I almost got ripped off recently. Again. I bought some furniture a couple days ago. The salesman tallied up the price, ending with “and delivery is $149.” I looked at him and said, “Do you have any flexibility on that?” Without hesitation he knocked it down to $100. I saved fifty bucks with seven words! Men do this all the time. Per study after study, women don’t.
And I wouldn’t have, either, except I had just read this book. According to Linda Babcock and Sara Laschever, who wrote Ask for It, there is “clear and consistent evidence that men initiate negotiations to advance their own interests about four times as often as women do.”
This tendency not only increases the wage and pension gap between men and women, but it also adds to men’s sense of empowerment and control in their world.
Women don’t ask, and as a direct result they get less. Exponentially less.
Why do we fail to ask?
Because we have this little voice inside of us, clucking and frowning. We need to ignore that voice because it’s not even OUR voice!
The little voice inside telling you not to do it (don’t rock the boat, don’t get pushy, why can’t you be happy with what you have?) isn’t your voice. It’s the voice of a society that’s still trying to tell women how to behave. It’s a voice whose message is conveyed, often unwittingly, by our parents, teachers, colleagues, and friends – and then repeated and amplified by the media and popular culture.
The authors present numerous examples of the unintentional, unconscious, and overwhelming bias society applies to women.
Female musicians applying for a job with an orchestra were 250% more likely to be selected if they auditioned behind a screen.
I know what you’re thinking. “I’m fine,” you say. “I don’t deny that it exists. It’s just that I personally have never suffered from discrimination.” However,
Social psychologist Faye Crosby calls this ‘the denial of personal disadvantage’ in which members of a particular group recognize that other members of the group have suffered but believe that they themselves have escaped it.
This bias without malice starts early. In a study, school children were asked to perform a small task and then pay themselves what they thought they deserved. (First graders were asked to award themselves Hershey’s Kisses.)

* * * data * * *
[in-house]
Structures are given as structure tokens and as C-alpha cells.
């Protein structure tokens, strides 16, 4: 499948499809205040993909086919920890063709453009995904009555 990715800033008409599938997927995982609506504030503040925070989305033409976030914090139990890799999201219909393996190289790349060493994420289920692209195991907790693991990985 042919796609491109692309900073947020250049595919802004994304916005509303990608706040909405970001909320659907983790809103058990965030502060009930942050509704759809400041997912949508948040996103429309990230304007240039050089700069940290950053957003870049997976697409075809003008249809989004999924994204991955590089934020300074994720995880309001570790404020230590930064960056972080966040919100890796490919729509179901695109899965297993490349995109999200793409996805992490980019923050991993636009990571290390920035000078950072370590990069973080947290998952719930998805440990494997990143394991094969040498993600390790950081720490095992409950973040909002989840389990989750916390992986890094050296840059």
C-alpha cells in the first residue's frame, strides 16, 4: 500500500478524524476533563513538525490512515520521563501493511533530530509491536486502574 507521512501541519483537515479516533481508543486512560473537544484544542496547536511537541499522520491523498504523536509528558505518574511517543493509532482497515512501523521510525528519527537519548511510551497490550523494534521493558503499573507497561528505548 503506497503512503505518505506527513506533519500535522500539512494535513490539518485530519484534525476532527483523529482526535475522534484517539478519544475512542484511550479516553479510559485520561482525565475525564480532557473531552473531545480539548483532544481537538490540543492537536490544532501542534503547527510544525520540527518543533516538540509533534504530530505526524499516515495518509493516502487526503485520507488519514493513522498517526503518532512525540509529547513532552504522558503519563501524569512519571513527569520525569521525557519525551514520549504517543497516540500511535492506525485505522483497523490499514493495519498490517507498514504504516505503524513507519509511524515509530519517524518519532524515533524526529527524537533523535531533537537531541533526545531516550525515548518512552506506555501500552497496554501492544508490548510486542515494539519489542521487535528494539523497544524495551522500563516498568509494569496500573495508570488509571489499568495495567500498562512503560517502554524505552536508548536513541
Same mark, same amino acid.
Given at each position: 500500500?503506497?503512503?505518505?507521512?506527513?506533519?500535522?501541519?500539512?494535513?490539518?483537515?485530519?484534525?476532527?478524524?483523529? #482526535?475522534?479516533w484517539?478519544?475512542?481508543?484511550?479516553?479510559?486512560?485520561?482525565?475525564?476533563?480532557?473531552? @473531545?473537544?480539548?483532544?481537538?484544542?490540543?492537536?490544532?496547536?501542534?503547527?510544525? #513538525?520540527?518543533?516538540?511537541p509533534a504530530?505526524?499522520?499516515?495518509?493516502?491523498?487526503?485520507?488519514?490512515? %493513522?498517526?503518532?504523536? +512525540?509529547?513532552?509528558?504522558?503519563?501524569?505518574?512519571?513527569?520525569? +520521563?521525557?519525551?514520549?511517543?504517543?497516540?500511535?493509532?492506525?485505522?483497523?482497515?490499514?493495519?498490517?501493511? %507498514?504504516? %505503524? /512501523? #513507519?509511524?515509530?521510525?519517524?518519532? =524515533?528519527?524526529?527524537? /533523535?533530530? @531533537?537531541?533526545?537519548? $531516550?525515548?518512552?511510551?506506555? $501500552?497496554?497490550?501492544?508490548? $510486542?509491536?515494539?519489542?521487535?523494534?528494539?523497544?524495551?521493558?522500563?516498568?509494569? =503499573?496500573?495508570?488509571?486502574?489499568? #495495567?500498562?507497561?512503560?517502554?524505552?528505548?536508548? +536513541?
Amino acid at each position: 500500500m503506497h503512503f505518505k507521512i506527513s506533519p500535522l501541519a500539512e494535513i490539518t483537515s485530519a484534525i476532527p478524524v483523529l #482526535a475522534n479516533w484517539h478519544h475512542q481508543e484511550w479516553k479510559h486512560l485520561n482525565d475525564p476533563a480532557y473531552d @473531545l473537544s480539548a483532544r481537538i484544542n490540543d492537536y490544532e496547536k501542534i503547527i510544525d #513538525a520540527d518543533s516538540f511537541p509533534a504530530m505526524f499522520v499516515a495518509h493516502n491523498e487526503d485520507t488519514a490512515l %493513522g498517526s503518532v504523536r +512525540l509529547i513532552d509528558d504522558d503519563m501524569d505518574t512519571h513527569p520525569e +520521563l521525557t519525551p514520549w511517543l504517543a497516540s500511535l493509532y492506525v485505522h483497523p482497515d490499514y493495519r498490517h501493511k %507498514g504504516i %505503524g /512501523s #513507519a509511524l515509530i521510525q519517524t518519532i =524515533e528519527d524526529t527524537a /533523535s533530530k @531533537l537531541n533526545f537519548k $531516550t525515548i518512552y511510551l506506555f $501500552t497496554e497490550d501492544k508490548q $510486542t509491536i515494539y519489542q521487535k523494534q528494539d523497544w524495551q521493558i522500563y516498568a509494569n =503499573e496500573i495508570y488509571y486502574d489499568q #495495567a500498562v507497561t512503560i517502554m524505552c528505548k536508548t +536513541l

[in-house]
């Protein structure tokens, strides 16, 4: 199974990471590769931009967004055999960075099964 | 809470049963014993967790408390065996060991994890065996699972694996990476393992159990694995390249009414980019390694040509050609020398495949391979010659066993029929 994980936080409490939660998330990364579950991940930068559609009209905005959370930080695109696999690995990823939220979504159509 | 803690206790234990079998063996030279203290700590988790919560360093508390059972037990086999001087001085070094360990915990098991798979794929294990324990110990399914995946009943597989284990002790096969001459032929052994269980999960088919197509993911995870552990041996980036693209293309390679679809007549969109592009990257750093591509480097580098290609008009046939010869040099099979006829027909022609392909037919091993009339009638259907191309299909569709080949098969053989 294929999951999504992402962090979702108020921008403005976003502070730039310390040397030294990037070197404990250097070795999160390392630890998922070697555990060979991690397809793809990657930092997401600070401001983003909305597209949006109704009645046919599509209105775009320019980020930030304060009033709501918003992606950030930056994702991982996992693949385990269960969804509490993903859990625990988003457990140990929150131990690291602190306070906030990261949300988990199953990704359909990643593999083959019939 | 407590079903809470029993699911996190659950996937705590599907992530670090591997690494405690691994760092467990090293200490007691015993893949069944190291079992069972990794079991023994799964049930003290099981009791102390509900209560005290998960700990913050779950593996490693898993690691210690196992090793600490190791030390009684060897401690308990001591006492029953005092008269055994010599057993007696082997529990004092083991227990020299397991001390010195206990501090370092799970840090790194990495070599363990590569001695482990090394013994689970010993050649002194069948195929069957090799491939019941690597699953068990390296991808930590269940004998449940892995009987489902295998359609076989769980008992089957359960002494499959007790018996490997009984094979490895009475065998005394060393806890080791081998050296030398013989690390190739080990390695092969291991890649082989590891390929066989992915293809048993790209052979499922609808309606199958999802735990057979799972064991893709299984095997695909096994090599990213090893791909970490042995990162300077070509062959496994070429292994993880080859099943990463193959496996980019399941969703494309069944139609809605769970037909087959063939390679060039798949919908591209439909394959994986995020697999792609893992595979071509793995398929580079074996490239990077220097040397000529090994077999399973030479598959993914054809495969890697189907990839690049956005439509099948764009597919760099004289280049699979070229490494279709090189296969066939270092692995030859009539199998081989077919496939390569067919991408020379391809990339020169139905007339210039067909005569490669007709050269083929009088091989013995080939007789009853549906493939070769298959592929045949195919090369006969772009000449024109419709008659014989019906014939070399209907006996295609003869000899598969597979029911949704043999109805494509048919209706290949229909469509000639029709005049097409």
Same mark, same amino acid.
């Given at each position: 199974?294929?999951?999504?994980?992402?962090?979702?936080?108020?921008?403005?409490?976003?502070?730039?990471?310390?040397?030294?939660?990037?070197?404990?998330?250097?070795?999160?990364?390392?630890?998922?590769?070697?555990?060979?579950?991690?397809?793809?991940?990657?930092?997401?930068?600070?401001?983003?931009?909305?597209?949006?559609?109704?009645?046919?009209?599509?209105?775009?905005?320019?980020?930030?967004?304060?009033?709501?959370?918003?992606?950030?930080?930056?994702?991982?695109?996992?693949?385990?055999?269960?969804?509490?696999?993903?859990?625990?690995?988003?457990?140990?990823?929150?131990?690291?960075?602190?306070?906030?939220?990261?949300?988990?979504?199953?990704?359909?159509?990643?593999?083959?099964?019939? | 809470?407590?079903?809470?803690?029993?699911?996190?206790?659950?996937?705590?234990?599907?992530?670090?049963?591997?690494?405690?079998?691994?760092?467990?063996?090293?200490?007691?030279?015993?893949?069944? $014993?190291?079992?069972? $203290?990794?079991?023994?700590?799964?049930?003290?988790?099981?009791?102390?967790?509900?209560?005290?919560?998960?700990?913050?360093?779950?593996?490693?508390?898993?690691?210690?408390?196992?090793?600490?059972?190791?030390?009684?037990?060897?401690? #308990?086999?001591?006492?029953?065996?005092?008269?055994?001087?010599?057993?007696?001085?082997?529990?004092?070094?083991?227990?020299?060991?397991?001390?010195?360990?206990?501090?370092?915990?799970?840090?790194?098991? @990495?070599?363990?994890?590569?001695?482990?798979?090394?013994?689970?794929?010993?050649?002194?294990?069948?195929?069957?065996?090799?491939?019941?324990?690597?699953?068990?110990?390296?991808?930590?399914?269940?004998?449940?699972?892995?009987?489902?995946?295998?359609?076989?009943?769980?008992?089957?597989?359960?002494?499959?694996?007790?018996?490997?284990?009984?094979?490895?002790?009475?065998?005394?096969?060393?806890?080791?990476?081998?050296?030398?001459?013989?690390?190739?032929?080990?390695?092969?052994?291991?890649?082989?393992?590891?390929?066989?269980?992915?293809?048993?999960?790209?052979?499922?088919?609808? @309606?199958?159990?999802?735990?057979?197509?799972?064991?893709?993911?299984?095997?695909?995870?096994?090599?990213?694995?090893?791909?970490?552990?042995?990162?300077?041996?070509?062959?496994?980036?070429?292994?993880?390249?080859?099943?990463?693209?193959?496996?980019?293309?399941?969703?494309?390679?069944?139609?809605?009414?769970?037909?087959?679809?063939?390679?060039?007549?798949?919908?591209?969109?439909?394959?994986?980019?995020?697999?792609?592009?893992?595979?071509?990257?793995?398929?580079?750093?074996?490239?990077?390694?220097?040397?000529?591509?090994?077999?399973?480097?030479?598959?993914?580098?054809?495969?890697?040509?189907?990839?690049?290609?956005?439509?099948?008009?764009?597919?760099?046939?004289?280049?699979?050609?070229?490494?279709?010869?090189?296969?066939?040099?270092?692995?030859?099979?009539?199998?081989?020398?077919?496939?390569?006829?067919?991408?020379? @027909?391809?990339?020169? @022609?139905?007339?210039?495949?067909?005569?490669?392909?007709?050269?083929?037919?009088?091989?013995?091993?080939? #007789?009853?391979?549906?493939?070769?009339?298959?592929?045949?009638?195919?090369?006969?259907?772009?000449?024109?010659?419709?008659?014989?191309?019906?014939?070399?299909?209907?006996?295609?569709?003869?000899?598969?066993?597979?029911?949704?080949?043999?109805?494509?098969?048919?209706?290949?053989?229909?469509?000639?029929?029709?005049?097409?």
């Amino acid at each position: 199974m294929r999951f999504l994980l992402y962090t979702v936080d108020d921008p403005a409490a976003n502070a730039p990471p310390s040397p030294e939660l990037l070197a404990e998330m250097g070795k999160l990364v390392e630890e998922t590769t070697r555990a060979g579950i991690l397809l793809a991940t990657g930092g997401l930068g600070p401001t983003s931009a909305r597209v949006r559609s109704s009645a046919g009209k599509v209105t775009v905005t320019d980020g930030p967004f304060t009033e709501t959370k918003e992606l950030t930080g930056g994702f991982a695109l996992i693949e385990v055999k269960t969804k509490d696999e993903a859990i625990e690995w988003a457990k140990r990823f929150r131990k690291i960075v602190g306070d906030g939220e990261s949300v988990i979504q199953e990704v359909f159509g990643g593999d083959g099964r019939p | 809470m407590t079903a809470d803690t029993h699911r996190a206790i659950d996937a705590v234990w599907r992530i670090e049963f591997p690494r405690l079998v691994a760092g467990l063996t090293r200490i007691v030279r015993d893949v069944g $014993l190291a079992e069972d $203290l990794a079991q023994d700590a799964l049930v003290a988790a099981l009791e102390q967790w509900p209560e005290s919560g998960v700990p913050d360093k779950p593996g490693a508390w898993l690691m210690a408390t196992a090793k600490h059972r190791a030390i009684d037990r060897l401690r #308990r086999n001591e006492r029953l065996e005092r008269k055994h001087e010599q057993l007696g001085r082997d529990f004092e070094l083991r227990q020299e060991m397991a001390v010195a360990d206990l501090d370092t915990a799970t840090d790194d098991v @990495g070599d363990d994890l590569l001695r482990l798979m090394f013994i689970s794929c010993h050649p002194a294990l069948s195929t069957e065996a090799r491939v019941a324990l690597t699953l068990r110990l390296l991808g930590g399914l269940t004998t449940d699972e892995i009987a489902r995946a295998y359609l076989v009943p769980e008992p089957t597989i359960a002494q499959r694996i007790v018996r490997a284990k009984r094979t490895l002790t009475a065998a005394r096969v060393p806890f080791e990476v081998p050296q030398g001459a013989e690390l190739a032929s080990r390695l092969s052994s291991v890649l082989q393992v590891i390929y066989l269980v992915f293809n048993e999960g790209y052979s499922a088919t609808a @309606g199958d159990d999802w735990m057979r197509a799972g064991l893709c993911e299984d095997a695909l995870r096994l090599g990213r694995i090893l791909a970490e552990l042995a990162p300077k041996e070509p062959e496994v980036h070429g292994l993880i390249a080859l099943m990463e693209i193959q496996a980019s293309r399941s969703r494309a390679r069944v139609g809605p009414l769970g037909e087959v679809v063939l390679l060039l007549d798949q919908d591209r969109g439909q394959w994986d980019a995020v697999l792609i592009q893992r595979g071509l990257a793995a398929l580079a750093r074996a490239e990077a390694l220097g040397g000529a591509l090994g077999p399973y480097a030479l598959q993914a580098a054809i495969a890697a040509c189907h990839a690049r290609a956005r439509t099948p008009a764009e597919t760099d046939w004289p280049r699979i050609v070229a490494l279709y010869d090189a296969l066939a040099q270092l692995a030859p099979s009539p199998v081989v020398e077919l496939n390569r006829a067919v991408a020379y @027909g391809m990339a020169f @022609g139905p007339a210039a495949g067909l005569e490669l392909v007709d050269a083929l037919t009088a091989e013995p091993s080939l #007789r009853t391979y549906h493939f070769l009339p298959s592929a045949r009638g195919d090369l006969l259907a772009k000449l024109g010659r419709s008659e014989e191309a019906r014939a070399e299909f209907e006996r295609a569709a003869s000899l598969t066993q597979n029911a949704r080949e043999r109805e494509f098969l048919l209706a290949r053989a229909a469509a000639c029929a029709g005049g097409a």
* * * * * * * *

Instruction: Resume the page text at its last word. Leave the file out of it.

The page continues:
In first, fourth, seventh and tenth grades, girls consistently paid themselves 30% – 78% less than boys.
It adds up – or I should say down. According to the latest US Census, women still earn less than men in every category. But there’s a simple way to overcome this ingrained self-doubt, self-effacement, and self-denigration: ASK. Simply pause before you agree to anything, and ask for something to sweeten the deal. Why not? What are we afraid of? All they can say is no, and then you’re where you were before the ask. However, you might be pleasantly surprised.
If you’re unhappy with something in your life, assume it can be changed. How many of us assume the opposite, sigh, and keep plugging? This book includes many, many practical tools for learning to ask (as well as tons of examples and anecdotes, which made it fun reading.) In Chapter 10, for example, the authors describe “cooperative” bargaining (It’s also called collaborative, or interest based, or win/win bargaining). It is more effective and comfortable than the traditional stony-eyed, fist-pounding version you might envision. Also – bonus! – this strategy is more natural to women. In fact, you probably use it every day with your kids, partner, and coworkers.
Now, here are some great tips taken from the book:
- Women specialize in waiting until they can’t take it anymore and then blow up. Better to “assemble documentation, showing how you’ve increased the value, identify the best time to approach the boss, and make your case in a calm and businesslike way.”
- Doing it sooner rather than later makes a negotiation easier. “The brain imposes costs when we worry about something, and the longer we worry, the higher the cost. The sooner you ask for something you want, the better the negotiation itself will feel.”
I hope this post has been helpful. Let me know if you scored in a negotiation, or if you have a tip or strategy to share. We can learn from each other!